Ever imagine what it’s like to be a human pinball machine? Why on earth would you! That’s kind of what my brain on ADHD feels like. Ideas pinging, color bursts, moving fast, what’s that sound? Exciting news, missing the mark, ping. Hands tapping, tap, tap, tap, tap, tap, neck muscles tensed, adrenaline rush, look at those pretty lights! Rolling inevitably down the center right through the flippers. Load a quarter and start over again…
School, from third grade on, was painful. Sitting in classrooms for dreary hours upon hours tuning in and out to the teacher’s droning. The occasional, welcome sound of chalk scratching softly on the blackboard. The crisp feel of turning the pages of my four-inch-thick textbook, desperate to find something colorful and engaging. The hard flat seat of my wooden chair that made me squirm. Staring out the window to daydream. Often tuning in only to doodle in my notebook and, regrettably, sometimes misbehave. Badly. Then there was homework… Let’s just say that sometimes I did it and sometimes I didn’t. My teachers all thought I was being lazy and complained to my parents that I wasn’t coming close to realizing my potential.
On the other hand, I could lose myself for hours at the piano, singing or listening to music. I loved to read and write poems. Draw. Engage in imaginative play with my sister building forts and imaginary worlds.
Most of the time, I just felt stupid. A failure.
It has taken me most of my adult life to develop systems to manage my fruit-fly-attention-span brain. I keep things orderly. Make lists. Set reminders on my phone. Keep the notification sounds turned off. Everything in my home (that belongs to me) has a designated place and I methodically put things (cell phone, keys, mail) in one place. I try to stick to routines and I do my best to create a peaceful work space – even within a larger, chaotic environment.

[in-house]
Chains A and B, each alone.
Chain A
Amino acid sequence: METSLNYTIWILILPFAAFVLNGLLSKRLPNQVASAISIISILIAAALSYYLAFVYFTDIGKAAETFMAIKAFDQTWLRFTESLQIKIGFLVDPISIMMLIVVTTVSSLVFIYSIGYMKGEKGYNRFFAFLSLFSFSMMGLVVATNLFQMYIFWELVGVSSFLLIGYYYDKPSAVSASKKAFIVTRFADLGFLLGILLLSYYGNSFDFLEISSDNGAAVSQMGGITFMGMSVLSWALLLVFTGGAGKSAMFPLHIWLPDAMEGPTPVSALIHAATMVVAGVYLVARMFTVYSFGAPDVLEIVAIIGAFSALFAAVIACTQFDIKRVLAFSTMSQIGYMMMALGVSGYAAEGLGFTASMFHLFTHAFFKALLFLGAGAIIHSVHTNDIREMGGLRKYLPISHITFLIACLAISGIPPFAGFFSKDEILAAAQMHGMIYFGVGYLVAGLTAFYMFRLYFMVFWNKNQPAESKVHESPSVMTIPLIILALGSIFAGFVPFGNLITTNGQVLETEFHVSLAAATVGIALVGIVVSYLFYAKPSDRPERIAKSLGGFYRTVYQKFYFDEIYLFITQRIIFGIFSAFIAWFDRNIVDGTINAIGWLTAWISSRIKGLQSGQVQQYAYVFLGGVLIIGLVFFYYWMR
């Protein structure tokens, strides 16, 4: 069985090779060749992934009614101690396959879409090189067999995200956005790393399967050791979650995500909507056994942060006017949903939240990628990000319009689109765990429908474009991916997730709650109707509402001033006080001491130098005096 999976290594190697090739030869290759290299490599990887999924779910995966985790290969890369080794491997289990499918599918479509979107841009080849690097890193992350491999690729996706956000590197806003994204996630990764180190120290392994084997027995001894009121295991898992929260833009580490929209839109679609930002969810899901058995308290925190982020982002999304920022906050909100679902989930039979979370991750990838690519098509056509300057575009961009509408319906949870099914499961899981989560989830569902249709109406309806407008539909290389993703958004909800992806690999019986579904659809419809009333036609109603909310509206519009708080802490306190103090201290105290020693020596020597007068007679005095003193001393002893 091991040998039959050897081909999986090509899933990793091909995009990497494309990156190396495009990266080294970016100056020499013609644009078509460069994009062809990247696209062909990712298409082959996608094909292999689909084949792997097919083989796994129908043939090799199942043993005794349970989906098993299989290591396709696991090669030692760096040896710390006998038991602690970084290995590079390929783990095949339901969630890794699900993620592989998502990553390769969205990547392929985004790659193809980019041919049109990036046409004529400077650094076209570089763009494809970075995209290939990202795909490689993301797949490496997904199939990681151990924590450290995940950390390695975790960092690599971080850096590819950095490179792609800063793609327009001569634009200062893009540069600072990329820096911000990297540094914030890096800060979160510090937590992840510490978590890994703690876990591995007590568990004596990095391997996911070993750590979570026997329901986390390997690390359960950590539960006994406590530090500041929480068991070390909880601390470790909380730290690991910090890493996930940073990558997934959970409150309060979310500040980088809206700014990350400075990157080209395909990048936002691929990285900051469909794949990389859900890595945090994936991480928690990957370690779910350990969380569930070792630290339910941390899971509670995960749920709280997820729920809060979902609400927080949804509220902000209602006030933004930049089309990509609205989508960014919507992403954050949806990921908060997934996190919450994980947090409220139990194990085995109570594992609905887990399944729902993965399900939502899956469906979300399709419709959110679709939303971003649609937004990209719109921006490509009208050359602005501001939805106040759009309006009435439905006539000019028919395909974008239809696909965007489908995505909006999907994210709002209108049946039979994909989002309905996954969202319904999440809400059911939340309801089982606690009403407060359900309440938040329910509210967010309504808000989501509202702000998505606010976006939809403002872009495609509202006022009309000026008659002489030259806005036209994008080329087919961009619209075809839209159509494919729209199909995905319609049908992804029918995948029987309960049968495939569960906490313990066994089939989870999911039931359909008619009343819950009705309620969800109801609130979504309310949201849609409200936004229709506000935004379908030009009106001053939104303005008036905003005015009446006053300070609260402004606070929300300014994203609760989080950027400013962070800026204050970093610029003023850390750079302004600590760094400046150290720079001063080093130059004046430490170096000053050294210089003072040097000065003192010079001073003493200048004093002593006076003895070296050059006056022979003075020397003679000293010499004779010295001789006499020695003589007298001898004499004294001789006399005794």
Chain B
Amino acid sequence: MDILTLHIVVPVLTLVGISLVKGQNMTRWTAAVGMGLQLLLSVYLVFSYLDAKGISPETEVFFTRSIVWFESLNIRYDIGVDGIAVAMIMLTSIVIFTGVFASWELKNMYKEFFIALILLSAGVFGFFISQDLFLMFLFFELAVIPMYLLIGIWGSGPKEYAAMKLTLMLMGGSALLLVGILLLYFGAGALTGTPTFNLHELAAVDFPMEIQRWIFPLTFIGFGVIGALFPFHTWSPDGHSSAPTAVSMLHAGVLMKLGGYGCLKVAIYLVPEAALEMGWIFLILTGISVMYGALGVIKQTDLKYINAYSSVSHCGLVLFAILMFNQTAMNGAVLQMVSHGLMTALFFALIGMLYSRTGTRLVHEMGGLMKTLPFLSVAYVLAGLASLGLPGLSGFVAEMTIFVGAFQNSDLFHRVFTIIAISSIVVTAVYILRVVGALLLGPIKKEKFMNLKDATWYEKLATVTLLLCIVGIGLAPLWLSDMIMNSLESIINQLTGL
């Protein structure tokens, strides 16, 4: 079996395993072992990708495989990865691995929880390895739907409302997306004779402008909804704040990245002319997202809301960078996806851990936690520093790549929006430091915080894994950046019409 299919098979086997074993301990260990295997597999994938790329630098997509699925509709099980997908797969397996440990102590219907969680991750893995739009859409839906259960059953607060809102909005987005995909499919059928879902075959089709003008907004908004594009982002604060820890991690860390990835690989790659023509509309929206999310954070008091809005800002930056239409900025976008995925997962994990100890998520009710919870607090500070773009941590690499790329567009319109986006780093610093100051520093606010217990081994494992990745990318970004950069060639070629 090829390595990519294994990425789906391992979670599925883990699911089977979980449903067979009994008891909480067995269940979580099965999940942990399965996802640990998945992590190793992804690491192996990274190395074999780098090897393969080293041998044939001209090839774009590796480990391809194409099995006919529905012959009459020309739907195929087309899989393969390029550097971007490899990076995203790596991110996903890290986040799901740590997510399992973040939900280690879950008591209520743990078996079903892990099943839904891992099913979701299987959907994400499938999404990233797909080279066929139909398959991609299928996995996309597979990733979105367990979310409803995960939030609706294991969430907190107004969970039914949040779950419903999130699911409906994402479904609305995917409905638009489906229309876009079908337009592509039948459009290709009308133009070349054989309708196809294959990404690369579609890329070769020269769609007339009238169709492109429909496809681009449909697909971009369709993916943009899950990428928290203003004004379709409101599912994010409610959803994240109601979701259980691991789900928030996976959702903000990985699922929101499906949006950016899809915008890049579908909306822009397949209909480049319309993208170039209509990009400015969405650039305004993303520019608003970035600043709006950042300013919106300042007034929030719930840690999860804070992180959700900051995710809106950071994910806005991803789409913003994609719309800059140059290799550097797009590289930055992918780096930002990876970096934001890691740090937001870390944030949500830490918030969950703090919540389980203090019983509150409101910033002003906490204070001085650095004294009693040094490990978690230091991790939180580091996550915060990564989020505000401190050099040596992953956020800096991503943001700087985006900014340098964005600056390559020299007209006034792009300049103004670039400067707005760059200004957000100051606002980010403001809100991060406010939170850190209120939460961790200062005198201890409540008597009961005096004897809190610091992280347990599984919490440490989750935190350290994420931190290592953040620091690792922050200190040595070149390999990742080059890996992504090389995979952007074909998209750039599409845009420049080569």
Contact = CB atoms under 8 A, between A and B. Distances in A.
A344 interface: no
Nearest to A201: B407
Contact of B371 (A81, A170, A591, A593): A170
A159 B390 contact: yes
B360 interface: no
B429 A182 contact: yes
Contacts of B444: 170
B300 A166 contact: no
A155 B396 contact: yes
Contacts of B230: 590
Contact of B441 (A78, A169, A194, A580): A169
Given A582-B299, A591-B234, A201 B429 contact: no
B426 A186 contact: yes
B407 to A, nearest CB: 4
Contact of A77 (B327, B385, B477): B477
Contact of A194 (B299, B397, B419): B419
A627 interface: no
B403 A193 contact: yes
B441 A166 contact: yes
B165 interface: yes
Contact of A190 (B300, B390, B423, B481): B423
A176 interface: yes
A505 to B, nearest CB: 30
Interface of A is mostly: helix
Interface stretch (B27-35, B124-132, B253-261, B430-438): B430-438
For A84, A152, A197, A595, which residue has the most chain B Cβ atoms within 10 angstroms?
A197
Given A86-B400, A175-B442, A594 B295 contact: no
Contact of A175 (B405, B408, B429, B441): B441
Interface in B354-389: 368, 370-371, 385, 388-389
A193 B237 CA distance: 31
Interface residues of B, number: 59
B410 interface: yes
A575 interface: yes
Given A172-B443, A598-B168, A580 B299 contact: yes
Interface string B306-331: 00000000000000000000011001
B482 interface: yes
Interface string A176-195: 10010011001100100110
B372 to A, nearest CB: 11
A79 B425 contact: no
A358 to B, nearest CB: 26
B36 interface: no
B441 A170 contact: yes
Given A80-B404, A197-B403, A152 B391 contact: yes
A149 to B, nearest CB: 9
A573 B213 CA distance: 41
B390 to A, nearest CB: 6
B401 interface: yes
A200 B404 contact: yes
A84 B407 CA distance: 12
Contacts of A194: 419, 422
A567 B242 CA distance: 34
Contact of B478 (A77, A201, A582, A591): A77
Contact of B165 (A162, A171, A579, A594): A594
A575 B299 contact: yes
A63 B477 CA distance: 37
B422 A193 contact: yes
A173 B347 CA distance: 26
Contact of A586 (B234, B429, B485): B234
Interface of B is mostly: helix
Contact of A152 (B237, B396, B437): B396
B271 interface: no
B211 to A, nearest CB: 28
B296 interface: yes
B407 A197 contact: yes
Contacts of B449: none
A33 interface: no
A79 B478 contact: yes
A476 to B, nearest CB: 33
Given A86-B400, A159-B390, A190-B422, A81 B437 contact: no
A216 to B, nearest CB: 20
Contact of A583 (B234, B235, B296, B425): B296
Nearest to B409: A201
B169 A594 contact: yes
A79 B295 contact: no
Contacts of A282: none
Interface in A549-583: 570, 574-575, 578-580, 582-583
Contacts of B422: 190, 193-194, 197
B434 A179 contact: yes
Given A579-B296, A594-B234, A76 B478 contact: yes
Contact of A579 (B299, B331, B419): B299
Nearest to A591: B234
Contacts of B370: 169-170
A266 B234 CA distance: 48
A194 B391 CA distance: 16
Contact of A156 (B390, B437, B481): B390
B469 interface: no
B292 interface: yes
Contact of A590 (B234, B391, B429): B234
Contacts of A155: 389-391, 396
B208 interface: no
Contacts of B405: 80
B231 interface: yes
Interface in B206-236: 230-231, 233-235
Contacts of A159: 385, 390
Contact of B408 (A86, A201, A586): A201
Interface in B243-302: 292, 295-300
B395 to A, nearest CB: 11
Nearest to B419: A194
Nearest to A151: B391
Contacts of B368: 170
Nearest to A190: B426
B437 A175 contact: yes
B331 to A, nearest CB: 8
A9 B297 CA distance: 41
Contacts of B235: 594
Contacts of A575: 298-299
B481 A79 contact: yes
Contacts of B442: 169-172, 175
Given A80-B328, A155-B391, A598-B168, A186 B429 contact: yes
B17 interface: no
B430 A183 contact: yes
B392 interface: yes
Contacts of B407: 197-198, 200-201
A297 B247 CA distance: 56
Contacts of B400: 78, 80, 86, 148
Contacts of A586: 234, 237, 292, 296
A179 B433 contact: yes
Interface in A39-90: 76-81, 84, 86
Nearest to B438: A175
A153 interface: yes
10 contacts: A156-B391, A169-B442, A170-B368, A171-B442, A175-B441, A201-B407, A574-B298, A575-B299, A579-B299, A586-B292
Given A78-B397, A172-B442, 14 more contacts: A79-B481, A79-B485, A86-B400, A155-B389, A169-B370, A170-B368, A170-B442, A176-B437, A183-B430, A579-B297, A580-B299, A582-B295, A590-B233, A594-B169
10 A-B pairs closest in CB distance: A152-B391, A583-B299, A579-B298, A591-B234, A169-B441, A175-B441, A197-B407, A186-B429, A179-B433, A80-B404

I often wonder how my childhood and school years might have been different growing up now in the age of awareness about learning differences. As a child, ADHD wasn’t a known diagnosis. We were just kids who couldn’t sit still, misbehaved, were creative, clever but indolent.
All these years later, I am enrolled in an MA program for Education Technology learning about something called, Design Thinking! In order to navigate life with an exceedingly distractible brain, you have to become something of a design thinker. Frequently, I analyze my living and work spaces to support my being more productive and effective. The following gives a succinct definition of Design Thinking:
“Design thinking is an iterative approach to problem-solving that intentionally seeks out people with different perspectives, knowledge, skills and experience and has them work together to create a practical solution for a real-world problem.” – WhatIs.Techtarget
More about this subject later. If I remember to get back to it. One thing I have learned that is important for someone like me is “done is better than perfect!”
Putting a fork in this and calling it macaroni. Done!